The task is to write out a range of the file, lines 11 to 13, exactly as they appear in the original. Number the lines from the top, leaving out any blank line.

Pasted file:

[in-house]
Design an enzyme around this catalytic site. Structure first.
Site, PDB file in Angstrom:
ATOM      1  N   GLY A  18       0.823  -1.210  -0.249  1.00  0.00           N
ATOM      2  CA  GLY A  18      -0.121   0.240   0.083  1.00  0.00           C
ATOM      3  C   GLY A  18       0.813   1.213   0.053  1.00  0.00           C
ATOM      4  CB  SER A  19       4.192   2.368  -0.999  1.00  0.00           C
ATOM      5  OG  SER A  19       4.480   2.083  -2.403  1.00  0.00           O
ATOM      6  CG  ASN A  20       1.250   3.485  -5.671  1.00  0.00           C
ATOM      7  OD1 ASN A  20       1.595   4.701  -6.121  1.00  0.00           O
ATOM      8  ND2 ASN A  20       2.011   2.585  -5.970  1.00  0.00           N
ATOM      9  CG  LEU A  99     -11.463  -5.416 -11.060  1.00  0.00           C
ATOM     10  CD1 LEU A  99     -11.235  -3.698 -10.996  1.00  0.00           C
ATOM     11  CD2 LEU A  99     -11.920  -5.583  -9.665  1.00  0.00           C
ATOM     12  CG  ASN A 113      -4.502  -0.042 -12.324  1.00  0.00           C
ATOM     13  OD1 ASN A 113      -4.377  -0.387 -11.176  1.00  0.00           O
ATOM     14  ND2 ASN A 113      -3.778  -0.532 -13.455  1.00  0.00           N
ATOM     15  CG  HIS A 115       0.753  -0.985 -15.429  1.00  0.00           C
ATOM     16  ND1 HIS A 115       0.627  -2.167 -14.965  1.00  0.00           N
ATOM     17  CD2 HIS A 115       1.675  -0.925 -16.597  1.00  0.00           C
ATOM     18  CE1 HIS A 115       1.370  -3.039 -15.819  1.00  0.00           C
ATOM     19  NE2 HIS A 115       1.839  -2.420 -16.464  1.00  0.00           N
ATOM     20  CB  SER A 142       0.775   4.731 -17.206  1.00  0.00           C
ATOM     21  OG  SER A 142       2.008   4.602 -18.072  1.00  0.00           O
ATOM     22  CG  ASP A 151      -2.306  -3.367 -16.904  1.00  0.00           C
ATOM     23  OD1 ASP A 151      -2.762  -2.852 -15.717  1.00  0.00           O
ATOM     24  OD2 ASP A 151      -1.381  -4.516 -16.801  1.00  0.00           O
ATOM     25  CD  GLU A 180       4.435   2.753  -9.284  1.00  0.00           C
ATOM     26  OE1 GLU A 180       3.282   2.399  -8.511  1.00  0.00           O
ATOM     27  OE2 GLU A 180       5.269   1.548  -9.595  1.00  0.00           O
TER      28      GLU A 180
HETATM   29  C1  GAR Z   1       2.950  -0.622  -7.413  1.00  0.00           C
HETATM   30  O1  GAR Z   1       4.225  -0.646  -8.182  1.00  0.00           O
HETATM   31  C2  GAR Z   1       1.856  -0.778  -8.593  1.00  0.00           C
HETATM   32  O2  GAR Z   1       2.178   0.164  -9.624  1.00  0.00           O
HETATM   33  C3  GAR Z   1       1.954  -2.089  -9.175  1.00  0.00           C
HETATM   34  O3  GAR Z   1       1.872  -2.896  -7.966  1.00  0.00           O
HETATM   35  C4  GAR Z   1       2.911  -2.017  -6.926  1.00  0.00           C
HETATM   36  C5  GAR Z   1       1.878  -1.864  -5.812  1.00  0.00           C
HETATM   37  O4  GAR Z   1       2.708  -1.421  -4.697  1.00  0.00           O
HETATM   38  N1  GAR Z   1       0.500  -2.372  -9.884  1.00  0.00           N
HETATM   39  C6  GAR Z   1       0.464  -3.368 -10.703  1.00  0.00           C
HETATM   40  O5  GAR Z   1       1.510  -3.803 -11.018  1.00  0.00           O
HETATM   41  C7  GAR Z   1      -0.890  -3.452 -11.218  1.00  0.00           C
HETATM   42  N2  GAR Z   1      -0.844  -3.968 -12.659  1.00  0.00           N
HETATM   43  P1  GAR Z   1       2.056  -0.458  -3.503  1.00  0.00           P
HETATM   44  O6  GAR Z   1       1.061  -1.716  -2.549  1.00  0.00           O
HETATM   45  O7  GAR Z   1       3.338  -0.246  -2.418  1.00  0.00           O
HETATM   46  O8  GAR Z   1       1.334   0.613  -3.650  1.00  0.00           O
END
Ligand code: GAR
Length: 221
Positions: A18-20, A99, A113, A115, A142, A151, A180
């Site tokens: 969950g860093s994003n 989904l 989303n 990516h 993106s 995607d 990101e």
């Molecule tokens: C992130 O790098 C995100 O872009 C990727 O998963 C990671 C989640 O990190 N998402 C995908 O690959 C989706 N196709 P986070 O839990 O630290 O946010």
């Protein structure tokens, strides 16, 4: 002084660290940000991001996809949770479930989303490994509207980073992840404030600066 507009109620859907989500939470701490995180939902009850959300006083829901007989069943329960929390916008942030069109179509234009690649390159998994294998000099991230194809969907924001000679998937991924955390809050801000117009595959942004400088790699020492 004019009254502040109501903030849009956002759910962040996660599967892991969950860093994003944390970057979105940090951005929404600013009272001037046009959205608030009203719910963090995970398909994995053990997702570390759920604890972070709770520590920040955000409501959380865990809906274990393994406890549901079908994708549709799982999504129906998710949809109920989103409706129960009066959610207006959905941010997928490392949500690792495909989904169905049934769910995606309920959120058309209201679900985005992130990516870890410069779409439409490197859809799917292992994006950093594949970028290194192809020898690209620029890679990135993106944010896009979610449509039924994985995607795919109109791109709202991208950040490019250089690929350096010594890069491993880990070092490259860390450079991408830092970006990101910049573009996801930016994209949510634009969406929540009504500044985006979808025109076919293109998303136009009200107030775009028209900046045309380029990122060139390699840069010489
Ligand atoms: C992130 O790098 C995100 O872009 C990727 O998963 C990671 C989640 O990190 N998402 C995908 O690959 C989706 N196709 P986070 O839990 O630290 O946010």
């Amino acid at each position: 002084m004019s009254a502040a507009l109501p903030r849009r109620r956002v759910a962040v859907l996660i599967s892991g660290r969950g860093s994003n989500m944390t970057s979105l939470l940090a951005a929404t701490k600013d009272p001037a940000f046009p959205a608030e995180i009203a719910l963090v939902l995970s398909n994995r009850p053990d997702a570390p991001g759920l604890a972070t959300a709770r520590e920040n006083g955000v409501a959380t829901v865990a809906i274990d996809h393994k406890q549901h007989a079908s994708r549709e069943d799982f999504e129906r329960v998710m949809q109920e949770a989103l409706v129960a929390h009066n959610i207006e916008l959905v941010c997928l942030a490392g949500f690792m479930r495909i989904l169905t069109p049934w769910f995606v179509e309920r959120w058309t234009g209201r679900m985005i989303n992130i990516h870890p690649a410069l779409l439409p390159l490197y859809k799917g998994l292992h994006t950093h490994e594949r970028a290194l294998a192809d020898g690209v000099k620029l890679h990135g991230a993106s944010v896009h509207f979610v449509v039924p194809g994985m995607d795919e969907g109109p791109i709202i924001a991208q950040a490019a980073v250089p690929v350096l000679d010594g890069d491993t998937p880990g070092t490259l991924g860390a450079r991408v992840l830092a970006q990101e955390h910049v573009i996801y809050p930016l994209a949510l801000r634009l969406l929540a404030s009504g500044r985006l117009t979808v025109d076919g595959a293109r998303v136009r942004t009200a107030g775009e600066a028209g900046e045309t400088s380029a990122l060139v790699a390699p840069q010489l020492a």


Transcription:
ATOM      8  ND2 ASN A  20       2.011   2.585  -5.970  1.00  0.00           N
ATOM      9  CG  LEU A  99     -11.463  -5.416 -11.060  1.00  0.00           C
ATOM     10  CD1 LEU A  99     -11.235  -3.698 -10.996  1.00  0.00           C